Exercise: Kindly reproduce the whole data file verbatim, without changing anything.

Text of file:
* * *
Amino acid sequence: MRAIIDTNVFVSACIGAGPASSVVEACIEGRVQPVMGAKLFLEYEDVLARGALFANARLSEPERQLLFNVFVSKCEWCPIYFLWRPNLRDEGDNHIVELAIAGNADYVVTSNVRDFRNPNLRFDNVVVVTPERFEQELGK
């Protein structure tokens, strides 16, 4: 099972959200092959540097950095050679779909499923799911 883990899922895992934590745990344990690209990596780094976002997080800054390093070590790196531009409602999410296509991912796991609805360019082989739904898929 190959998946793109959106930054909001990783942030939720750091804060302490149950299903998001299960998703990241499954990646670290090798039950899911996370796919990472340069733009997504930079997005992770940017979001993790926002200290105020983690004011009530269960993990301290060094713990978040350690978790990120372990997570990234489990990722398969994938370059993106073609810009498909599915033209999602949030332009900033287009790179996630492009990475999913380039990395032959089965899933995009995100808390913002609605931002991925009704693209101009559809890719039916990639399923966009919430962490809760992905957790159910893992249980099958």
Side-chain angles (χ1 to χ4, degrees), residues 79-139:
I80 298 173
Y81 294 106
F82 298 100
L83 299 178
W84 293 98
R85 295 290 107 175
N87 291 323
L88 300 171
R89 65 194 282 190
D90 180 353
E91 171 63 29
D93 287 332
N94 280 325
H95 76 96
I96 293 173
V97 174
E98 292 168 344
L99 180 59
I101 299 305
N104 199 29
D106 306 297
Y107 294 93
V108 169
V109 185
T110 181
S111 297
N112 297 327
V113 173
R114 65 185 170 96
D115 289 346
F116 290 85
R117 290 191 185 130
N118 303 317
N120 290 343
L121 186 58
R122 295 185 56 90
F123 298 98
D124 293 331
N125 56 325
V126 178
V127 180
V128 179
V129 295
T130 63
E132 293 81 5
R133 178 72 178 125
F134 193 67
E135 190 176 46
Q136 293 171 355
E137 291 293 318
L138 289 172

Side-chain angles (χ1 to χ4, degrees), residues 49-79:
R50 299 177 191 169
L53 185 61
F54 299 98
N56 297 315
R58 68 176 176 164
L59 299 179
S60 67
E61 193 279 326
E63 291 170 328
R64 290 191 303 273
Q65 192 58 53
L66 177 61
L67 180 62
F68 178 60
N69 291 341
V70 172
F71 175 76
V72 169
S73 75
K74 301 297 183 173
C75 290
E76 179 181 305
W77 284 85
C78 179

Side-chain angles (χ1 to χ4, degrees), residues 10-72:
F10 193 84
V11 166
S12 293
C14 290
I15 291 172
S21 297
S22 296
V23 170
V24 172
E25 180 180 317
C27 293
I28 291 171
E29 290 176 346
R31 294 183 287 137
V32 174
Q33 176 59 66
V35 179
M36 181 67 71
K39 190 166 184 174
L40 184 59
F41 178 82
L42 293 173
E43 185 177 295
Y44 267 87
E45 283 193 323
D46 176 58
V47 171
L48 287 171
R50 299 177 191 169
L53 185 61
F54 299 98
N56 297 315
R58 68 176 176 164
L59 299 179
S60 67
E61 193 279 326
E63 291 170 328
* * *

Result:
Amino acid sequence: MRAIIDTNVFVSACIGAGPASSVVEACIEGRVQPVMGAKLFLEYEDVLARGALFANARLSEPERQLLFNVFVSKCEWCPIYFLWRPNLRDEGDNHIVELAIAGNADYVVTSNVRDFRNPNLRFDNVVVVTPERFEQELGK
């Protein structure tokens, strides 16, 4: 099972959200092959540097950095050679779909499923799911 883990899922895992934590745990344990690209990596780094976002997080800054390093070590790196531009409602999410296509991912796991609805360019082989739904898929 190959998946793109959106930054909001990783942030939720750091804060302490149950299903998001299960998703990241499954990646670290090798039950899911996370796919990472340069733009997504930079997005992770940017979001993790926002200290105020983690004011009530269960993990301290060094713990978040350690978790990120372990997570990234489990990722398969994938370059993106073609810009498909599915033209999602949030332009900033287009790179996630492009990475999913380039990395032959089965899933995009995100808390913002609605931002991925009704693209101009559809890719039916990639399923966009919430962490809760992905957790159910893992249980099958």
Side-chain angles (χ1 to χ4, degrees), residues 79-139:
I80 298 173
Y81 294 106
F82 298 100
L83 299 178
W84 293 98
R85 295 290 107 175
N87 291 323
L88 300 171
R89 65 194 282 190
D90 180 353
E91 171 63 29
D93 287 332
N94 280 325
H95 76 96
I96 293 173
V97 174
E98 292 168 344
L99 180 59
I101 299 305
N104 199 29
D106 306 297
Y107 294 93
V108 169
V109 185
T110 181
S111 297
N112 297 327
V113 173
R114 65 185 170 96
D115 289 346
F116 290 85
R117 290 191 185 130
N118 303 317
N120 290 343
L121 186 58
R122 295 185 56 90
F123 298 98
D124 293 331
N125 56 325
V126 178
V127 180
V128 179
V129 295
T130 63
E132 293 81 5
R133 178 72 178 125
F134 193 67
E135 190 176 46
Q136 293 171 355
E137 291 293 318
L138 289 172

Side-chain angles (χ1 to χ4, degrees), residues 49-79:
R50 299 177 191 169
L53 185 61
F54 299 98
N56 297 315
R58 68 176 176 164
L59 299 179
S60 67
E61 193 279 326
E63 291 170 328
R64 290 191 303 273
Q65 192 58 53
L66 177 61
L67 180 62
F68 178 60
N69 291 341
V70 172
F71 175 76
V72 169
S73 75
K74 301 297 183 173
C75 290
E76 179 181 305
W77 284 85
C78 179

Side-chain angles (χ1 to χ4, degrees), residues 10-72:
F10 193 84
V11 166
S12 293
C14 290
I15 291 172
S21 297
S22 296
V23 170
V24 172
E25 180 180 317
C27 293
I28 291 171
E29 290 176 346
R31 294 183 287 137
V32 174
Q33 176 59 66
V35 179
M36 181 67 71
K39 190 166 184 174
L40 184 59
F41 178 82
L42 293 173
E43 185 177 295
Y44 267 87
E45 283 193 323
D46 176 58
V47 171
L48 287 171
R50 299 177 191 169
L53 185 61
F54 299 98
N56 297 315
R58 68 176 176 164
L59 299 179
S60 67
E61 193 279 326
E63 291 170 328